“I don’t think I want to go,” our 19-year-old son told us when we excitedly announced we were taking a family road trip to Eastern Quebec and Nova Scotia.
“Okay,” I answered, swallowing hard.
Even though I knew this day would come, I felt deflated. We’ve been travelling as a family since he was six months old when we carried him around Newfoundland in a backpack. Lately, I’d been thinking of past family trips more than ever, and each Facebook memory brought a flood of nostalgia I would never have imagined.
Over the years, people have asked me for advice about family travel. I’ve written articles on How to Survive Road Trips with Kids in which I gave tips like: bring a cooler and keep it full; plan something active with as much adventure as they can handle en route; balance a high-energy destination with a more relaxing one; if you’re camping or going rustic for most of your trip, once or twice splurge on a decent hotel (preferably with a pool and laundry facilities) and don’t worry about screen time in the car.
But now my advice is simply to go. Do it because who knows how long you’ll be able to. Do it because frustrations fade into shared anecdotes, and memories are made on every trip. Do it because, as the old wise ladies say, the days are long but the years are short.
Here are some of my favourite memories of this year’s summer road trip. Though our son wasn’t with us, I was grateful our 17-year-old daughter still wanted to travel with her parents.
Biking through Bic National Park: Located in Quebec’s Bas-Saint-Laurent Region, south of the Saint Lawrence River, this 33.2 km protected wilderness reserve showcased the coastal landscape and unique geology and ecosystem. We rented bikes and rode the trails through the forest and along the shores of Bai du Ha! Ha! (not kidding about the name). At Pointe-aux-Epinettes, we were thrilled to observe seals lounging about the rocks. Harbour and grey seals were among the 15 species of mammals that made this park their home, along with 226 species of birds. Another highlight of the park was the abundance of blooming wild roses, lining the trails with the water shimmering as a backdrop.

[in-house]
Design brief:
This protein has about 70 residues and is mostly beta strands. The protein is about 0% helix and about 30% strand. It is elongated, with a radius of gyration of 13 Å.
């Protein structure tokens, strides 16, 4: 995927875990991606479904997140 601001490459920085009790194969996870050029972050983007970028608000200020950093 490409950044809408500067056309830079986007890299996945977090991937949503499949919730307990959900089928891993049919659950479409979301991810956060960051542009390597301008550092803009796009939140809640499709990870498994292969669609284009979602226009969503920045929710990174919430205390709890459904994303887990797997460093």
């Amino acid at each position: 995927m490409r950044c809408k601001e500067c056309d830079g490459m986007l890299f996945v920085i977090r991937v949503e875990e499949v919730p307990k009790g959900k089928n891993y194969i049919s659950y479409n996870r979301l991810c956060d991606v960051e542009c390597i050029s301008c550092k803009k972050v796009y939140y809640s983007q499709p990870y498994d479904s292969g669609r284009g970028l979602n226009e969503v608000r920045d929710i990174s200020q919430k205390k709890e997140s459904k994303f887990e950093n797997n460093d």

Buying bagels from a vending machine: On our way from Bic, we stopped at Saint-Simon Bagel. We couldn’t believe we could buy freshly-baked, Montreal-style bagels from a machine!
Watching fireworks in Rivière-du-Loup: Set to music, this spectacle, which celebrated a big hockey win 70 years ago, was a blast to watch. We also enjoyed exploring the town’s downtown with its patios and pedestrian-friendly street and the Parc des Chutes (Falls Park). Located by the town’s 33-metre (108-foot) waterfall, there was 10 km of hiking trails and several look-out points to check out these impressive cascades.
Ogling the view of Lake Témiscouata from the top of Furnace Mountain: Established in 2009, the park highlights the beauty of the Appalachian Mountains, the glacially sculpted landscape and Lake Témiscouata, the second largest body of water south of the St. Lawrence. A morning hike up Montagne-du-Fourneau (Furnace Mountain) took us through the forest along moss-covered boulders, ledges and cliffs. The panoramic view of the lake and the valley was worth every step to get up there. We vowed to return to this 175-km² tract of the wilderness again on another road trip.
Wandering Halifax’s waterfront: Wonderfully walkable, we strolled along the boardwalk looking out at the harbour and checking out some of the shops and restaurants. The Canadian Museum of Immigration at Pier 21 was a particularly special stop because our daughter’s grandparents were two of the nearly million immigrants who came through its doors to begin their lives in Canada. A lobster roll at the Waterfront Warehouse Restaurant was a scrumptious finish to our waterfront excursion.
Sitting on the rocks of the Atlantic Ocean at Peggy’s Cove: The description “postcard-perfect” was made for places like this. There was the lighthouse itself, the rocks it stood on, the waves of the Atlantic Ocean, the lobster traps, original colourful wooden buildings, fishing boats and a church. No matter which way I turned, a picture was waiting to be snapped.
Admiring the majestic Bluenose II: Serendipitously, the UNESCO heritage town of Lunenburg, Nova Scotia, was celebrating the 100th anniversary of the Bluenose, the iconic Canadian ship commemorated on our dime. We were able to see her at full mast, with the backdrop of the colourful historic homes that dot its waterfront.
We also treasured the smaller moments of our trip — card games played, ice creams eaten and time spent with each other. Playing mini-golf with our daughter at the Oak Island Resort reminded me of another trip 12 years ago when after countless attempts, she threw her club down in frustration and had a John-McEnroe-worthy tantrum. Her stubbornness has transitioned into admirable determination, and I observed her steely concentration in her bid to beat her parents. She would have enjoyed defeating her brother, even more, I thought, missing our son. Well, at least our daughter still wanted to travel with us.
“Could we go home a day early?” she asked later that same day. “I got a job interview at that bakery I applied to.”
“Okay,” I answered, a lump in my throat once again.
Is this the end of our family road trips? Time will tell, but at least I have the memories to comfort me.